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2010 annual report

hudson guild community works!

John Lovejoy Elliott Center 441 West 26th Street New York, NY 10001 Tel (212) 760-9800 Fax (212) 760-9801

For more information about Hudson Guild, please visit us on the web at www.hudsonguild.org

hudson guild community works!


community

ABOUT HUDSON GUILD Hudson Guild is a bustling multi-service community center serving those who live, work or go to school in Chelsea, with a focus on those in need. The Guild knits together a dynamic and multi-faceted community, provides a safety net for people in economic distress, and supports individuals as they pursue their goals. Building on our roots in the settlement house tradition, Hudson Guild serves individuals—and the community—as a whole, with integrated, holistic programming. Each year, the Guild serves more than 14,000 people in five main areas: Adult Services, Arts, Children and Youth Services, Mental Health Services

and Community Building. With offerings as varied as community service projects for at-risk teens, mental health counseling for low-income individuals, wellness services for seniors, day care for children, art gallery exhibitions and theater performances, the Guild provides services people need and activities they want to ensure that our neighborhood remains strong and continues to grow. Founded in 1895, Hudson Guild’s programs attract individuals with a variety of cultural, ethnic and socio-economic backgrounds, all contributing to the energetic and positive atmosphere in and around our five neighborhood sites.


We are delighted to present Hudson Guild’s 2010 Annual Report. Hudson Guild has, for 116 years, remained dedicated to building a strong and vital community. Certainly, this year has been no exception. While the forces of the economic downturn have had an effect on every part of our community, we are proud to have been able to meet the ever increasing demand for services and to step into the breach—providing support during what has undoubtedly been a difficult time for our community members. By working together with our community, and by offering a spectrum of services, Hudson Guild has played an integral role in the lives of those who are particularly vulnerable. By providing essential day care for children, food for the homebound, recreation and social services for older adults, academic and career planning for teens, arts activities, community mental health services, and even organic fruits and vegetables, we are able to demonstrate that indeed, community works! With the help of our Board of Trustees, donors, community members and volunteers, we are proud to continue our commitment to supporting our more than 14,000 program participants. We hope this report provides a glimpse of the scope of work we do, and we invite you to be a part of our efforts. Thank you for your involvement with Hudson Guild. We look forward to continued success in the years ahead! Ken Jockers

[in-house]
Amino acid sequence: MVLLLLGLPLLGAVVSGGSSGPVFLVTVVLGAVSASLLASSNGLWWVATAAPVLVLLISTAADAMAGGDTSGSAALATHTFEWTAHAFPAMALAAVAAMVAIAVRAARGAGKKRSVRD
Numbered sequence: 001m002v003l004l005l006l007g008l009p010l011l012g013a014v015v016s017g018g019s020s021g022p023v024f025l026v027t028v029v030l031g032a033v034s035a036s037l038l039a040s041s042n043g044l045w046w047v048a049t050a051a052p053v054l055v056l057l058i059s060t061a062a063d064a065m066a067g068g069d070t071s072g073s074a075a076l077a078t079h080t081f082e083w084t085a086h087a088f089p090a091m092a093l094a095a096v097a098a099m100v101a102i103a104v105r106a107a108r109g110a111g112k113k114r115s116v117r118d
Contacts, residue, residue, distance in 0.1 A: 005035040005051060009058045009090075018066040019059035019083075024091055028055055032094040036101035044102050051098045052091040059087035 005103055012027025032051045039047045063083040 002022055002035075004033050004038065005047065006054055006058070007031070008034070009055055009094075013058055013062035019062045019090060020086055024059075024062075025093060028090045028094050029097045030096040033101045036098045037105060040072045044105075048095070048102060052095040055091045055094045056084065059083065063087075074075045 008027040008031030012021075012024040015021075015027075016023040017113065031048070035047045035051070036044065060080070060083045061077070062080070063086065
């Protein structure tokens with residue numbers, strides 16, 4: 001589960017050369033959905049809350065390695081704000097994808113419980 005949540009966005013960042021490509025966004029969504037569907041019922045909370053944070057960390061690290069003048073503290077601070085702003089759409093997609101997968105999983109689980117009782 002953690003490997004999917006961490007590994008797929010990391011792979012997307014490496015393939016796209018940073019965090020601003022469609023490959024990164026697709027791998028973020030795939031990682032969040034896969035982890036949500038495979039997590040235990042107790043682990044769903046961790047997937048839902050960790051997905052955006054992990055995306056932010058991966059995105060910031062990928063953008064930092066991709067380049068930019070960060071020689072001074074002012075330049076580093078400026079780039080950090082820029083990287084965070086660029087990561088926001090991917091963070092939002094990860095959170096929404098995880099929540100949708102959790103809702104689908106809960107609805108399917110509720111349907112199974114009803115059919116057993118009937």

Executive Director

Welcome Message from the Executive Director


educating

EDUCATING children for a brighter future

Highlights from 2010 include:

Highlights from 2010 include:

Hudson Guild’s “Eat Well Play Hard”

Hudson Guild celebrated another year of

program, sponsored by the New York

academic and employment accomplish-

Department of Health, provided day

ments at our third annual recognition

and

children

ceremony held on June 16th, 2010. Ninety

and their families twice a week for six

guests attended and 48 teens were

weeks. The children and their families

recognized for their efforts both in working

learned about fruits, vegetables, healthy

at Hudson Guild and participating in

snacking and exercise through hands-on

PowerUp! Youth Workers worked more

learning experiences. With support of

than 8,500 hours this year.

evening

workshops

many community partners, our after-school and summer camp participants attended many cultural excursions, including a hands-on workshop exploring

Seventeen teens and four chaperones

life under water at the Intrepid Museum. In collaboration with the Noguchi

attended tours at Marist College in

Museum, participants created their own art, which was displayed in an exhibit

Poughkeepsie, NY, Sacred Heart University